Listen. And learn

Boston Globe, July 31, 2005

At the close of a night of underground DJ performances at the Middle East in Cambridge, Paul Irish sidled up to the turntablist Diplo with something more important to tell him than a fan’s usual post-gig thanks.

“I downloaded your music online,” Irish said. “So here’s 20 bucks.”

In the months since that encounter, Diplo has gone from obscurity to sensation – both solo and with his girlfriend, M.I.A., the ultra- hot Sri Lankan-British pop revelation.

And Irish, 22, who lives in Allston and runs a website called Aurgasm, is one of a small coterie of fans who, in the course of sharing and chatting about music on their sites, built the online buzz that helped these artists break into the mainstream.

Irish is an audioblogger–one of a new breed of tastemakers who devote their spare time to disseminating, free of charge, music that’s obscure, unusual, cutting-edge, or on the verge of being forgotten. Irish calls it “the best music you’ve never heard.”

The principle behind an audioblog also called MP3 blog is simple. You find a track you want to share with the masses. You place it online as an MP3 file, which anyone with a fast connection can play or save. And you write a little commentary, which might be pithy or detailed, straightforward or oblique. Think of each post as a whimsical capsule review, with sound attached.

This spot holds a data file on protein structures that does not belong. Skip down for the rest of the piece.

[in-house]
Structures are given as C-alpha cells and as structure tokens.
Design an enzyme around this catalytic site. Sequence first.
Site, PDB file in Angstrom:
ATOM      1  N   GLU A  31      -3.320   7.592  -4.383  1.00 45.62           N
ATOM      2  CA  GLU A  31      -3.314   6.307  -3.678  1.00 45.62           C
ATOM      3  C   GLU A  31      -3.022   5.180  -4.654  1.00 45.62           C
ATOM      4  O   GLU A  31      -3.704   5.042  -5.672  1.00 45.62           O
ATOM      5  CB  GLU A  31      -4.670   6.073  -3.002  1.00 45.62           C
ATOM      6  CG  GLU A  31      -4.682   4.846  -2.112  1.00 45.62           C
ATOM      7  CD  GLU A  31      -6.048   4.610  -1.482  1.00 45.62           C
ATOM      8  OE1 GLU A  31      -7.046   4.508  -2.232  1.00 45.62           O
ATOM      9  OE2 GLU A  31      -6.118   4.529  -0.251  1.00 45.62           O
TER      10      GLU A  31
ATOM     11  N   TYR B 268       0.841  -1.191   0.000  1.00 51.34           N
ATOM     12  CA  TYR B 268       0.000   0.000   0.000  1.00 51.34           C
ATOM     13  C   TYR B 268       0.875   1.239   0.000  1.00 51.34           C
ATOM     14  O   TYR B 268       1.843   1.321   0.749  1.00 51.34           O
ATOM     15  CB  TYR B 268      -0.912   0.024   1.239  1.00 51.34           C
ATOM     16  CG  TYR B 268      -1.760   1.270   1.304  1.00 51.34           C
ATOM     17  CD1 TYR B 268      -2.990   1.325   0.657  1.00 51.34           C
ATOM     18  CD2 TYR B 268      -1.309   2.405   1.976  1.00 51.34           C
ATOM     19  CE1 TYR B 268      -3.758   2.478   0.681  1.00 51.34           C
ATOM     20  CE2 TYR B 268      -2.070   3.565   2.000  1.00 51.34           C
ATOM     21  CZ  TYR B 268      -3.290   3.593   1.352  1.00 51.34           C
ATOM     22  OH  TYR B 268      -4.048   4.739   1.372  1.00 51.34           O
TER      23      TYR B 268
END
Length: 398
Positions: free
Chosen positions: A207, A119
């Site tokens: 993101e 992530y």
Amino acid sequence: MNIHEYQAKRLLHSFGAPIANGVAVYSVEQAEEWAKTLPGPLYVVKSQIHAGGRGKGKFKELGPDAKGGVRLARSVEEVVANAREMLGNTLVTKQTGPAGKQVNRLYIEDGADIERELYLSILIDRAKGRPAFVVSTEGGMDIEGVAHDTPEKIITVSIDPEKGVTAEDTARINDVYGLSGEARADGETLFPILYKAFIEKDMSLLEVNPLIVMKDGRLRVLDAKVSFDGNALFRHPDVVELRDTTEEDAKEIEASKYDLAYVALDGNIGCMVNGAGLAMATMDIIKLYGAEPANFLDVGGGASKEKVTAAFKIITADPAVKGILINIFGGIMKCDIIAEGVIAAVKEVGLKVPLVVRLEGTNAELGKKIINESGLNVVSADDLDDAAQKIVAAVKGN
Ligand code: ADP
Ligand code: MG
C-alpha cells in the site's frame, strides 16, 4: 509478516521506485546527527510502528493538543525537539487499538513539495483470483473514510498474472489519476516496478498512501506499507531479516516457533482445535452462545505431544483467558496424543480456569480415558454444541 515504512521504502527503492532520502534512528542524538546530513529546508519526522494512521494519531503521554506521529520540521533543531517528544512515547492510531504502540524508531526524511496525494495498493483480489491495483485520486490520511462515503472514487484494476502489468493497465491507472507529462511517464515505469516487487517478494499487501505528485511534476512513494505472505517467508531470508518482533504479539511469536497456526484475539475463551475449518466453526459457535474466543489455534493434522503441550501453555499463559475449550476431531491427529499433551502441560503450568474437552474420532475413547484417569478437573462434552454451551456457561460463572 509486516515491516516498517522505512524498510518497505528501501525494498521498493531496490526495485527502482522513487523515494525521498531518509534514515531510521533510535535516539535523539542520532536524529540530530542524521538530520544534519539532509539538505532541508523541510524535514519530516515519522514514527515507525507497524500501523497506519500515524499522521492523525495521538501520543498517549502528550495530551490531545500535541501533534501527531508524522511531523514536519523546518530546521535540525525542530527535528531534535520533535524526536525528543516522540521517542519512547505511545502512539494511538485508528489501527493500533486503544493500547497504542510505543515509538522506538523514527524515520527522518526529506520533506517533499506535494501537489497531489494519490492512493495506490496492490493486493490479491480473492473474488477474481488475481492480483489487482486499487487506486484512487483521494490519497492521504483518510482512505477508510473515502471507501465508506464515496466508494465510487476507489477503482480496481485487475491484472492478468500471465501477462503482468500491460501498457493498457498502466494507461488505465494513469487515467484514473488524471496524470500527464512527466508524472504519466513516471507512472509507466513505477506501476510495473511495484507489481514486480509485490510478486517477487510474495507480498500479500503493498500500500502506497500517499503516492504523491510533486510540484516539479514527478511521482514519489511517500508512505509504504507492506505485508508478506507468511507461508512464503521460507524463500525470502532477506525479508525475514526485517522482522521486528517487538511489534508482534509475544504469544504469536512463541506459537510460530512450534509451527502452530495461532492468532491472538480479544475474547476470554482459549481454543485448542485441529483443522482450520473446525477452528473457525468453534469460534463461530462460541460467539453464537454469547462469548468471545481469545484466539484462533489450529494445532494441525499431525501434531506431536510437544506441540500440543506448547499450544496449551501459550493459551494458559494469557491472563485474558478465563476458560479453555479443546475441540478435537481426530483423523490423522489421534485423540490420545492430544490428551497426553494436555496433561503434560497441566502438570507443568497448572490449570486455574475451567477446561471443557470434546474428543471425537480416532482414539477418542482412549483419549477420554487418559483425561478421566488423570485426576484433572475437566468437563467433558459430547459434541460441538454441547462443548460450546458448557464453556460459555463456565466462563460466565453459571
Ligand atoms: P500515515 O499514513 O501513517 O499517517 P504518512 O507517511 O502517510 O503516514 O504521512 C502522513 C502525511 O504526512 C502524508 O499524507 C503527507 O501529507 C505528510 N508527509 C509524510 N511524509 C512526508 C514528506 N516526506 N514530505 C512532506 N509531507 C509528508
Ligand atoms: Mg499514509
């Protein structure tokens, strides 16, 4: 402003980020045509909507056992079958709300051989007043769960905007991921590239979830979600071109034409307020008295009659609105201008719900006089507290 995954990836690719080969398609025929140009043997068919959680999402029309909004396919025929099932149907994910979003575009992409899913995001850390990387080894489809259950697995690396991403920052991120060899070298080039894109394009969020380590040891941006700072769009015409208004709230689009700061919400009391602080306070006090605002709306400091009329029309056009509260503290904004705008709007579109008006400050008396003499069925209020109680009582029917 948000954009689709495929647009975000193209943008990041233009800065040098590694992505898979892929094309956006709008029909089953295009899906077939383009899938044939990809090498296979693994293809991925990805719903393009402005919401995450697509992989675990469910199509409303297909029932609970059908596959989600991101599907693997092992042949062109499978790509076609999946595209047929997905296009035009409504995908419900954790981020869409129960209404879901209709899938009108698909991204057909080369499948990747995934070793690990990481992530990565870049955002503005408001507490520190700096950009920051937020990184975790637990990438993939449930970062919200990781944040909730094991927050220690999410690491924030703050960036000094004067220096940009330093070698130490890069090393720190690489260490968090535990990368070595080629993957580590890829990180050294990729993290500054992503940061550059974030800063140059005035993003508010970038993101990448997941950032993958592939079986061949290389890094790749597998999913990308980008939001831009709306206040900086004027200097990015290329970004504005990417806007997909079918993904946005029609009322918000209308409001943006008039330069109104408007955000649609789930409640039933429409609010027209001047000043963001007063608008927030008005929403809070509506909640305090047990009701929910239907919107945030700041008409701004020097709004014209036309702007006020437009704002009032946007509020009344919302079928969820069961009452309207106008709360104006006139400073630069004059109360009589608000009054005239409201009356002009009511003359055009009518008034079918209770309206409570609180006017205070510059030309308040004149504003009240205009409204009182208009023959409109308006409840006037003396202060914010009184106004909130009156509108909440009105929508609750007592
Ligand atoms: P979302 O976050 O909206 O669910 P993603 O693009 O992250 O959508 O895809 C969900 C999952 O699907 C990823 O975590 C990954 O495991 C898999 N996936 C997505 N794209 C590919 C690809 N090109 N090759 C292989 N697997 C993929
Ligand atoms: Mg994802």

Audioblogging represents the latest stage in the natural history of the music geek. The bloggers are often veterans of other obsessive, unpaid activities. Christopher Porter, 35, who hosts a blog called The Suburbs Are Killing Us, got his start in the late ’80s Detroit indie rock scene, editing fanzines.

“I loved that sense of immediacy,” he recalls. “MP3 blogging is the modern equivalent.”

Now the editor of Jazz Times, Porter uses the blog to share music beyond what his day gig allows, including vintage hip-hop, the 1970s Congolese group Konono No. 1, and a large amount of unclassifiable Norwegian pop.

Bay Area music journalist and scholar Oliver Wang, 32, whose site Soul Sides many bloggers look to as a model for its clear presentation and Wang’s thoughtful essays, spent 10 years as a college radio DJ. He began posting sound files in February 2004, making him a granddaddy of the genre.

“After I stopped doing radio, on a subconscious level, there was a vacuum in my life, and audioblogging filled that,” Wang says.

And Lee Caulfield, 42, a London-raised, Boston-based blogger who specializes in near-forgotten soul tracks at his site The Number One Songs in Heaven, likens blogging to the mix tapes he used to carry to parties.

Like those hobbies of bygone days, audioblogging is a labor of love one with idealistic goals and intangible rewards.

“Selfishly, I get validation that people like my music taste,” Irish says. “But I want people to find new music that they love. On the radio, you just listen to a song because it’s there. Too many people just receive their music passively. I want people to go after great music collections. I want my readers to make me obsolete.”

To the music industry, audiobloggers are anything but obsolete. Rather, they are a new tastemaking elite, conveners of hipness and buzz. Musicians and critics frequently check in. When an Aurgasm commenter asked about the source of a sample used by the hip-hop group Emanon, the group’s DJ chimed in with the answer.